My interest in strategy and war colleges derives from a lifelong study of history, a dedication to the value of the past in preparing for the future, and a decade and half of teaching strategy and policy at American's military war colleges. I majored in history at Yale University, enjoying the subject while unaware of the preeminence of my professors. Upon graduation in 1961, I joined the U.S. Army via ROTC, responding to the challenge of JFK to "do something for your country." Subsequent service in Germany was followed by two tours in Vietnam where I gained first hand experience in the military aspect of national strategy. In the early 1970s on active duty, I earned an M.A. in diplomatic history at the University of Kansas where I began to examine other aspects of national policy. At the University of Notre Dame, I taught courses on military history. Leaving active duty, I returned to Kansas University for completion of my PhD and wrote a dissertation on World War II Anglo-American strategy, in which I continued to examine the complexities of policymaking and realities of strategy execution.I then joined the U.S. Army Center of Military History to write a volume on the Vietnam War. After several years, I organized a group of historians—military and civilian—who provided historical analysis on current and future issues for the U.S. Army senior leadership. From this experience, I saw for the first time the utility of the past for the future—how history could provide context and perspective for America's policy and strategy makers on the complexities and nuances of their undertaking. Since the 1990s, I have continued this endeavor at the military war colleges. With the end of the Cold War, thought at these institutions turned not only to reevaluation of America's strategic interests but also to how they should educate those who will lead. At the U.S. Air Force War College for eight years, I served as a professor and then chairman of the Strategy Department. In the late 1990s, I was selected as the Horner Chair of Military Theory at Marine Corps University, followed by two years at National Defense University as a Distinguished Professor of National Security Policy. Subsequently, I was a Visiting Professor of Strategy and Policy at the U.S. Naval War College and recently served as Harold K. Johnson Visiting Professor of Military History at the U.S. Army War College. At these institutions, I taught strategy and policy to senior military and civilian leaders. I realized that each college had different views on this subject shaped by their own service culture; thus each followed its own curriculum. While they have done so competently, I am convinced that all could do better to meet the demands of the 21st century security environment. Through a comparative examination of what and how the war colleges have taught since the end of the Cold War and what and how they plan to do so for the next decade, my study will suggest insights for the nation's future leaders.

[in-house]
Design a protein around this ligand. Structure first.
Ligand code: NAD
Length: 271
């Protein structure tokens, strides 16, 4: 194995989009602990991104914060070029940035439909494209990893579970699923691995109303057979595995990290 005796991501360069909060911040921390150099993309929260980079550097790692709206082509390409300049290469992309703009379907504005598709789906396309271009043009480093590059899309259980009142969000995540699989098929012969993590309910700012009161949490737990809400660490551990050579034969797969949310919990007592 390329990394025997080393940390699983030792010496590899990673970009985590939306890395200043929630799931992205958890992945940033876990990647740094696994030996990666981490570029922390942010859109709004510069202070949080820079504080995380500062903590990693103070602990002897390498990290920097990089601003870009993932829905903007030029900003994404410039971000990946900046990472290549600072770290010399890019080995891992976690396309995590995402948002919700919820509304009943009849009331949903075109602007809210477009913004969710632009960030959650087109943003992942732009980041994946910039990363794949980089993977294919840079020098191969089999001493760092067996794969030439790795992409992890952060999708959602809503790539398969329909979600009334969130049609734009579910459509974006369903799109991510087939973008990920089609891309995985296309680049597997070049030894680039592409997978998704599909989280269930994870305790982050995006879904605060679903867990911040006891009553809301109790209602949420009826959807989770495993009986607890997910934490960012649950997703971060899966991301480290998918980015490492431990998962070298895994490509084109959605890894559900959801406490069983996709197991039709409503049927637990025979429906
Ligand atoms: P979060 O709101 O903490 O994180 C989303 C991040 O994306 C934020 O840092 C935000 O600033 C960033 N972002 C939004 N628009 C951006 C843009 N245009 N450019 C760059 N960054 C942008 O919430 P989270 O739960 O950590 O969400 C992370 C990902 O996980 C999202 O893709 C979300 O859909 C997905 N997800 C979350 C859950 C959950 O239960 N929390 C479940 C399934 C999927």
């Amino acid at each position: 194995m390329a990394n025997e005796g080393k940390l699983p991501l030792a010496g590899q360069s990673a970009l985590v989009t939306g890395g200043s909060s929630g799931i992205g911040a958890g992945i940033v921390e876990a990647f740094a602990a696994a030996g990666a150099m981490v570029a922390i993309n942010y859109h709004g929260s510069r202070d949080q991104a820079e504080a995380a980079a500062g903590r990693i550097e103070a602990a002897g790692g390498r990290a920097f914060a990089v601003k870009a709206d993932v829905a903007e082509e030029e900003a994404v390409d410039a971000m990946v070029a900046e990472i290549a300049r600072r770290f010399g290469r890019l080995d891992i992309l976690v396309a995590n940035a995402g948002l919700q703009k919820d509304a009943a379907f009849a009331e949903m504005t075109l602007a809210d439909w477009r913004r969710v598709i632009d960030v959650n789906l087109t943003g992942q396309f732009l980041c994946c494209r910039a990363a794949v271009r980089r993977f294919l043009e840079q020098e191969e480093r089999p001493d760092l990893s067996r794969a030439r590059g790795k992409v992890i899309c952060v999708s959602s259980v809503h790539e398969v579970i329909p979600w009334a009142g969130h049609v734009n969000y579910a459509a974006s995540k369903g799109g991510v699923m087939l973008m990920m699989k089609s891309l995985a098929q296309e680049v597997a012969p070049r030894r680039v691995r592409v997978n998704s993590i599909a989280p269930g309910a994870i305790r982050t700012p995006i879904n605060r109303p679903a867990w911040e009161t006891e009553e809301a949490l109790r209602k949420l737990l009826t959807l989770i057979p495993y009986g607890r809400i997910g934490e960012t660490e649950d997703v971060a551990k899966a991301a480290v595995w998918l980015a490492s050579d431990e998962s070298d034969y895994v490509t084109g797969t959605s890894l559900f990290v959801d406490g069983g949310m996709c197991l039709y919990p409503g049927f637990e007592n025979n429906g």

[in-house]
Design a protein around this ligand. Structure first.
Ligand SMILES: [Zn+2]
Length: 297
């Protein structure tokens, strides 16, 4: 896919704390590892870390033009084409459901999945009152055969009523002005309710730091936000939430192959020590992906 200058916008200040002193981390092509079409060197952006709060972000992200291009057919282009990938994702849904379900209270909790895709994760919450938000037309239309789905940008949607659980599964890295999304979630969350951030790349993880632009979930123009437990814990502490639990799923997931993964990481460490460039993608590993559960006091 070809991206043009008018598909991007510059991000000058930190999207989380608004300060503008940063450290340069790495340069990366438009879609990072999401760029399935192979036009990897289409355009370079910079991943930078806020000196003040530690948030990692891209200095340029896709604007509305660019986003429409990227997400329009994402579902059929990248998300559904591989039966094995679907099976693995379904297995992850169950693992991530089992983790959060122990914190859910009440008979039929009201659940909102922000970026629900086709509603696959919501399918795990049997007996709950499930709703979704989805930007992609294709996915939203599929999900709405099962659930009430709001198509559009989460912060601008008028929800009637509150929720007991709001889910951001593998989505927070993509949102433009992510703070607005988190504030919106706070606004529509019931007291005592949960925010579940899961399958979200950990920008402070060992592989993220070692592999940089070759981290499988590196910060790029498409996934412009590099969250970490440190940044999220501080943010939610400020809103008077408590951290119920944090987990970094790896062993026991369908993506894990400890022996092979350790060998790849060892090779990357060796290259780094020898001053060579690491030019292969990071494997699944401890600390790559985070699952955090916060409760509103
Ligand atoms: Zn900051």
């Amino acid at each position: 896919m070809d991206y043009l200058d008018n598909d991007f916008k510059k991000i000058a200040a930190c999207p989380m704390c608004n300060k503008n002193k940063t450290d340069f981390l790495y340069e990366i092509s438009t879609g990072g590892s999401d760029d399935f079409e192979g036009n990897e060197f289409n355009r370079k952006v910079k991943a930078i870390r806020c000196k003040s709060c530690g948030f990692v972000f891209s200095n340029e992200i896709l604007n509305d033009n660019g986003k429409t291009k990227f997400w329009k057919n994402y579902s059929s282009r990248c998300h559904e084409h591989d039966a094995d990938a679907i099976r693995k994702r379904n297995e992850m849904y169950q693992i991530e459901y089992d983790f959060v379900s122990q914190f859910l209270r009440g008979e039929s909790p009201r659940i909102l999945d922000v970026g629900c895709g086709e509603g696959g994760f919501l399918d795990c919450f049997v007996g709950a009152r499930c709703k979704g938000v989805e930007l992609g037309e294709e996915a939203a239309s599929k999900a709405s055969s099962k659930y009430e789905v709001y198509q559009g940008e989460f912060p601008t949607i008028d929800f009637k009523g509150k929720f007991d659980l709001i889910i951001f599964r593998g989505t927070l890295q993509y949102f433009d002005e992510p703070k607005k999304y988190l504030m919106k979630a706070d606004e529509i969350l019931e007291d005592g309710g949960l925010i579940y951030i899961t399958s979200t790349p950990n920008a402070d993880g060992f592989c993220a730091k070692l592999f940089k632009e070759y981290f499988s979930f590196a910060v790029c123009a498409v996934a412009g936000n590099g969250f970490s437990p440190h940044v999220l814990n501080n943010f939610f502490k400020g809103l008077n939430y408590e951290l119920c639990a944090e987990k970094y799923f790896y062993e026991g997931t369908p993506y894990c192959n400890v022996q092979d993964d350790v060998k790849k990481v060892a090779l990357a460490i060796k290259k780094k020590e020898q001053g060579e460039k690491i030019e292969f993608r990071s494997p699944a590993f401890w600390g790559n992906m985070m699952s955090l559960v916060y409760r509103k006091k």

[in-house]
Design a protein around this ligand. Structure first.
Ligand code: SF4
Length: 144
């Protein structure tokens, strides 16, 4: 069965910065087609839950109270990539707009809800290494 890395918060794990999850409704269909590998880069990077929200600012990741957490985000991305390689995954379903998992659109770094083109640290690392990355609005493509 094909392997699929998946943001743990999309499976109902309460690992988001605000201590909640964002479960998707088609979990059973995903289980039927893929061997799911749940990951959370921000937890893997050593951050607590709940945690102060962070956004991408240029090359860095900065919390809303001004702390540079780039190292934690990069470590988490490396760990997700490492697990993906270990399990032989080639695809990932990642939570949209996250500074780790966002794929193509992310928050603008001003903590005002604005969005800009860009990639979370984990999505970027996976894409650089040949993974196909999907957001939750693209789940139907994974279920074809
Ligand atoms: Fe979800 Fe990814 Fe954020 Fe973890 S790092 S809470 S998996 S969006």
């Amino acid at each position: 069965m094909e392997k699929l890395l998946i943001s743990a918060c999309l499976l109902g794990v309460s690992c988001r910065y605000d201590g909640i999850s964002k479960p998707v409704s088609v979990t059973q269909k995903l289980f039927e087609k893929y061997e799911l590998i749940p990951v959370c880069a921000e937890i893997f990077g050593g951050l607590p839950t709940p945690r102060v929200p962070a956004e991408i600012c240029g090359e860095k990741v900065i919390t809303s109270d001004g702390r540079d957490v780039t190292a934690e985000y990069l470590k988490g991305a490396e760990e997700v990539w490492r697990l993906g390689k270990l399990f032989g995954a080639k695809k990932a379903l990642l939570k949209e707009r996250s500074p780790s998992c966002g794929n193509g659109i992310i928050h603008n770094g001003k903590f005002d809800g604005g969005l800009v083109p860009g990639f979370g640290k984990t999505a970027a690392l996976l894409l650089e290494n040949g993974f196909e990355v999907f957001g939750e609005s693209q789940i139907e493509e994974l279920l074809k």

B.A.(1961) History, Yale University; M.A. (1972) History, University of Kansas; Ph.D. (1984) History, University of Kansas
National Security,Military Strategy,U.S. Military History
- Harold K. Johnson Visiting Professor, U.S. Army War College, 2003-04
- Visiting Professor of Strategy and Policy, U.S. Naval War College, 2002-03
- Distinguished Professor of National Security Strategy, National War College, National Defense University, 2000-02
- Matthew C. Horner Chair of Military Theory, Marine Corps University, 1998-2000
- Professor of Military History, Department of Strategy, Air War College, 1990-98
National security policy and military strategy; U.S. military history; the Vietnam War, World War II
For the past century, American war colleges have taught the symmetry of the elements of national power—diplomatic, economic and military—involved in planning national policy and executing security strategy to future military and civilian leaders. This study will examine, impartially and comprehensively, how these graduate level institutions have approached the subject since the end of the Cold War and how they anticipate doing so for the next decade. Focusing upon organization, curricula, faculty, and students within a comparative analytical framework, it will identify strengths and weaknesses, thereby suggesting a roadmap for insuring America's worldwide leadership in the 21st century.
- "ULTRA, FORTITUDE, and D-Day Planning: The Missing Dimension," D-Day 1944 (Lawrence: The University Press of Kansas, 1994)
- Planning the Gulf War Air Campaign (Washington: Government Printing Office, 1993)
- "American Planning for Ground Combat Operations" Lloyd J. Matthews and Dale E. Brown, eds., Assessing the Vietnam War (Washington: Pergamon-Brassey, 1987)